Read a Pacific Northwest, liberal perspective on world, national, and local politics. From majestic Redmond, Washington - the Northwest Progressive Institute Official Blog.

Monday, January 15, 2007

Why we call it the Official Blog - and more meta goodness

Seattle Times chief political reporter David Postman published a post at his blog today excerpting an earlier post by our very own stilwell which critiqued a Times editorial about the Democratic response to escalation. Near the end of his post, Postman asked:
(Why is it the "Northwest Progressive Institute Official Blog"? Is there a proliferation of unofficial NPI sites?)
Many people have either asked or (we're sure) wondered this very question. It certainly wasn't named that because we were worried about a "proliferation of unofficial NPI sites". It also isn't meant to imply that any other blog or blogger is somehow any less authentic or genuine than we are.

About three years ago, when NPI was only about six months old, I was looking for a way to easily present our members' commentary and analysis. We tried retooling NPI's front page to allow for easier updating, but manual updating was still a chore.

I eventually realized that what we needed was a blog. Blogs, of course, are powered by software that takes care of publishing, archiving, and allows for people to leave feedback - as well as automatic feed generation. Having a blog would allow contributors to focus on writing, which was the goal.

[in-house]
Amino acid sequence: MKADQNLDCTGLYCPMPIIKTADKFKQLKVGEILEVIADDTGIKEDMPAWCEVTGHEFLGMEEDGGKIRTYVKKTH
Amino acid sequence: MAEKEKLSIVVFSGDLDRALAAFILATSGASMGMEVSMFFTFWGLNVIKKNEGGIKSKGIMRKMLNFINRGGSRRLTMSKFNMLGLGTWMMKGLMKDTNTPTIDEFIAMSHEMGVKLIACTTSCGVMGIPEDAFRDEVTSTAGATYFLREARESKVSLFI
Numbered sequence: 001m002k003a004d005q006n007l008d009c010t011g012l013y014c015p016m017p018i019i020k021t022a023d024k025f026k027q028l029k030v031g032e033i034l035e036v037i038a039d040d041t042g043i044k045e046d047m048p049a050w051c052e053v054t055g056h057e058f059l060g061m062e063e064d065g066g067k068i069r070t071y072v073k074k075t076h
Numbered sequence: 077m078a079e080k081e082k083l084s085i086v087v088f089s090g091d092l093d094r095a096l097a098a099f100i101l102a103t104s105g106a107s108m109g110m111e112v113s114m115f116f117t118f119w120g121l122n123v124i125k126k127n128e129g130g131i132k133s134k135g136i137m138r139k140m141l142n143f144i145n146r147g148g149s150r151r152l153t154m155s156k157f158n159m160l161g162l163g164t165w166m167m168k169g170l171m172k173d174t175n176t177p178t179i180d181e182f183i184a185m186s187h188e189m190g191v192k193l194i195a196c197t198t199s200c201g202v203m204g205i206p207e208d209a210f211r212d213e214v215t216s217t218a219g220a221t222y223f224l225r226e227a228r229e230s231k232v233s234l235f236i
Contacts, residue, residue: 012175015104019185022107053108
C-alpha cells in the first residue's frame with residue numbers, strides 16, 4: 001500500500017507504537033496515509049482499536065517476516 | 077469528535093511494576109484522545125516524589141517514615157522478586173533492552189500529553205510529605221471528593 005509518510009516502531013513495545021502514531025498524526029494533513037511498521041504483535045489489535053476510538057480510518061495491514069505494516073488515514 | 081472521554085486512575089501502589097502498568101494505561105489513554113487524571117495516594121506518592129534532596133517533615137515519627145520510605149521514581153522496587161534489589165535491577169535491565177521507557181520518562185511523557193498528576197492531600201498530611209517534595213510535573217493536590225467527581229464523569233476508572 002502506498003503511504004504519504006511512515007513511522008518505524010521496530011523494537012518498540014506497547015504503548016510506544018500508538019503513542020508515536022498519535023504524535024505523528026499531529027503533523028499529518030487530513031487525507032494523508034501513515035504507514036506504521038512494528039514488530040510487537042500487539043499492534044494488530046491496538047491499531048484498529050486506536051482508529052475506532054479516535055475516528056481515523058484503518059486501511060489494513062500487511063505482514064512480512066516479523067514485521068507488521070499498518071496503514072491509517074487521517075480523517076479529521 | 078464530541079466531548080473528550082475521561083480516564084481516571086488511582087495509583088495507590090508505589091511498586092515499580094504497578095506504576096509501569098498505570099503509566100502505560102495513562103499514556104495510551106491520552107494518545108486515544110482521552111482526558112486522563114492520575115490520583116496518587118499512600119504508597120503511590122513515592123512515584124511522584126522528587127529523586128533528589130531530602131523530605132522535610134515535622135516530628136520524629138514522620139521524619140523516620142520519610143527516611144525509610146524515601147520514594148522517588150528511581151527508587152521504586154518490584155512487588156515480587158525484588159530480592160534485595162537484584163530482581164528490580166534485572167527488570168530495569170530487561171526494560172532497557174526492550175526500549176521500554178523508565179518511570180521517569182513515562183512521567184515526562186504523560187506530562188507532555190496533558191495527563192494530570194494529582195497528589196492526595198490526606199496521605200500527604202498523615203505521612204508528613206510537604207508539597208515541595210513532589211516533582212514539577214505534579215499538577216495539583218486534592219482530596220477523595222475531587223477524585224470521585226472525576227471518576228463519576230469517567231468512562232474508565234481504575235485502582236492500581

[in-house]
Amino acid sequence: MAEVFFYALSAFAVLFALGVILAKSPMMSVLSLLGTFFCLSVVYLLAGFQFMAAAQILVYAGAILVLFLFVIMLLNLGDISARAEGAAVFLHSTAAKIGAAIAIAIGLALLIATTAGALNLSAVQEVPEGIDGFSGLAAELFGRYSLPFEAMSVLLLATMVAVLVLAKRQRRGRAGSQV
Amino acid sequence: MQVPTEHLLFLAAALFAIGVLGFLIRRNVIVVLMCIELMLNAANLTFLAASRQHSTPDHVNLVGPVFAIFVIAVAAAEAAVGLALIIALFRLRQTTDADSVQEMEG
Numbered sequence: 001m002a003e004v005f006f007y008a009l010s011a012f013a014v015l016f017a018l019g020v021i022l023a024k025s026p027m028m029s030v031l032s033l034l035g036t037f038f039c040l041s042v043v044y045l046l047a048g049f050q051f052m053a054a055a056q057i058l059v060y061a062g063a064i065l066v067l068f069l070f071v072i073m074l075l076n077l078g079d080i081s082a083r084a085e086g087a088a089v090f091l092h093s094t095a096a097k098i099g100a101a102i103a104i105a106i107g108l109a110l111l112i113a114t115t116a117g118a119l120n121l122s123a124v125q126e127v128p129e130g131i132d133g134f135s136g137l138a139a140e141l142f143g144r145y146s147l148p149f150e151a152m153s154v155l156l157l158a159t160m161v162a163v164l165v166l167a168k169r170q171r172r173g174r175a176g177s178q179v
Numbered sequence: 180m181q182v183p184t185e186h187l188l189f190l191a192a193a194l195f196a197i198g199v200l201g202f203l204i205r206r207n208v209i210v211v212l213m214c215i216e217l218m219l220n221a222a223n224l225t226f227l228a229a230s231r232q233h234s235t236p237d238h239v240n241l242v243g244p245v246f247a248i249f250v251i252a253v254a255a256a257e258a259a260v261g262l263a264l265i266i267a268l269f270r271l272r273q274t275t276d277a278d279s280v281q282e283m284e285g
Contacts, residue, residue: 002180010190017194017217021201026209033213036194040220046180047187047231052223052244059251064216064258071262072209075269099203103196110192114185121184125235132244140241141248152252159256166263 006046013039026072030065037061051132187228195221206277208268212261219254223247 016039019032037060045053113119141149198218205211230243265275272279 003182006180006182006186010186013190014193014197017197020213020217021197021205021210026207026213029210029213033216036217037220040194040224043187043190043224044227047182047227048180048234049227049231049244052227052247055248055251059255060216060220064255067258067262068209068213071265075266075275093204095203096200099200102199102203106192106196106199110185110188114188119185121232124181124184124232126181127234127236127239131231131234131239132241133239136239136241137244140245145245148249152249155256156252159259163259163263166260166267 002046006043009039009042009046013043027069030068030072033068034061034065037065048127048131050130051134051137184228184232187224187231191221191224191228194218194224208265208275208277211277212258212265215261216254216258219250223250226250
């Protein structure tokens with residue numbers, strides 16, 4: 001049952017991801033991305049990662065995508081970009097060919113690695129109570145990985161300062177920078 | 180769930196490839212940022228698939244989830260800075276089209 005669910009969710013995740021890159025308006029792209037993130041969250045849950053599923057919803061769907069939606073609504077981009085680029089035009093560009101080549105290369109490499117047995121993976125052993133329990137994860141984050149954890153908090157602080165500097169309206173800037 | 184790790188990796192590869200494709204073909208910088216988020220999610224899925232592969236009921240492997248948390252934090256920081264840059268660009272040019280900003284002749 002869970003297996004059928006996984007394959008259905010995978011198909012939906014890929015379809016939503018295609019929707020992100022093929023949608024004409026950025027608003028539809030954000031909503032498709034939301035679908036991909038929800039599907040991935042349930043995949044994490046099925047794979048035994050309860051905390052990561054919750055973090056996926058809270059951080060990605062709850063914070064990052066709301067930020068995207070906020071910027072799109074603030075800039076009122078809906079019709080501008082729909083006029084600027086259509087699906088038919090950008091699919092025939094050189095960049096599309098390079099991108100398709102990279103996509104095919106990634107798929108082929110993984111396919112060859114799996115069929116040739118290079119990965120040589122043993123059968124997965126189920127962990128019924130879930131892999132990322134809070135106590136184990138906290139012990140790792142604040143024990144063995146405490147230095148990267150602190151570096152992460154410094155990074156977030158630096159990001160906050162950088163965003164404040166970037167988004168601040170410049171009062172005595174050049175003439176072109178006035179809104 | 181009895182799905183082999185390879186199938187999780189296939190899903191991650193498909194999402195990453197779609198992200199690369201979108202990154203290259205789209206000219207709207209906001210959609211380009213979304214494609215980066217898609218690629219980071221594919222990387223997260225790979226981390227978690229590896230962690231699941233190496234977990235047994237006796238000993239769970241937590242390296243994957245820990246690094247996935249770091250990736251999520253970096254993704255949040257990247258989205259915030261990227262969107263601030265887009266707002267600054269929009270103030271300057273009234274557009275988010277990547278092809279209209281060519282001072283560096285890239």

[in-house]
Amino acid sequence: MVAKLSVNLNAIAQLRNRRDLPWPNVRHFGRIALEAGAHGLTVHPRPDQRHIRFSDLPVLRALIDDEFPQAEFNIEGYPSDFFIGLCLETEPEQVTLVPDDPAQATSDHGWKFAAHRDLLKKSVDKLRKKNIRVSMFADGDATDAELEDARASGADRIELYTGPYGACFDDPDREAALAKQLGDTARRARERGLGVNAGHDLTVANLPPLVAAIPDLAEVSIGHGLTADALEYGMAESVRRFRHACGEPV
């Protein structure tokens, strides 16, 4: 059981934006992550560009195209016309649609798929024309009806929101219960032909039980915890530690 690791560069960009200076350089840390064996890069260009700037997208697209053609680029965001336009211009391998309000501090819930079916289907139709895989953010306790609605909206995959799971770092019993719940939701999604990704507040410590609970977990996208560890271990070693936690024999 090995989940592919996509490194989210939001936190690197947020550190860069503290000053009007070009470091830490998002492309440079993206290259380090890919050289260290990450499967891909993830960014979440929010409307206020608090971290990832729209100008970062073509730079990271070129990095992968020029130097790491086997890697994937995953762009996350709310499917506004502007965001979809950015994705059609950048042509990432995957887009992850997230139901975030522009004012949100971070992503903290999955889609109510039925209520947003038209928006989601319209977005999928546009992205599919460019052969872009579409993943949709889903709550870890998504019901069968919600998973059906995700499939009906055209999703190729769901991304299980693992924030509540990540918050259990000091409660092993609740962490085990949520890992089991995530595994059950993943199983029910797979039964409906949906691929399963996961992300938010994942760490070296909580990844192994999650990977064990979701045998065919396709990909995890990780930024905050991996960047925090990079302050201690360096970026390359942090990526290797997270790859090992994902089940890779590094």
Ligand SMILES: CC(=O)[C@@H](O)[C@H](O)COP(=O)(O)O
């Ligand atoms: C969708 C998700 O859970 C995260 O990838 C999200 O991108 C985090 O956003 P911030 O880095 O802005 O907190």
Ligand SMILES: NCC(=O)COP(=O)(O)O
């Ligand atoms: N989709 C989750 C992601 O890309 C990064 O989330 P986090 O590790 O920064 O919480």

Defined rather simply, a blog is just a type of web page that is easy to update with new material - and usually in chronological order. That's a broad characterization; some people prefer more specific definitions.

Blogs have become popular because you don't have to be an expert at coding HTML or any other web languages to publish your thoughts online.

We wanted to create a blog not just for sharing commentary on news and events, but also to publish announcements about completed projects or endeavors in progress - any release that we "intend for the notice of the public", as Random House notes in its definition of the word official.

We envisioned the blog as the primary periodical for the organization itself - a one-stop shop where you can read about what's new at NPI, plus follow our perspective on current events.

And we have indeed used the blog for just that purpose. When Pacific Northwest Portal is updated, when we release a new podcast, or a white paper, we disseminate the completion of such projects here and often provide in-progress reports as well, before we announce the news elsewhere or through other means.

That's the story behind the name of the blog and use the word official. We aren't worried that someone might try to set up an online journal and claim it represents the view of the Northwest Progressive Institute.

At a couple points during the last two years, we considered renaming the blog to eliminate confusion, but we never settled on a new name we liked, and we ultimately decided a name change was likely to create nothing but more confusion.

Some self-appointed critics of this organization (you know who you are) point to the name of the blog or even the name of the organization itself as evidence that we think too highly of ourselves. They're mistaken. It's true that you have to have some ego to be involved in politics, but we're way more humble than they believe.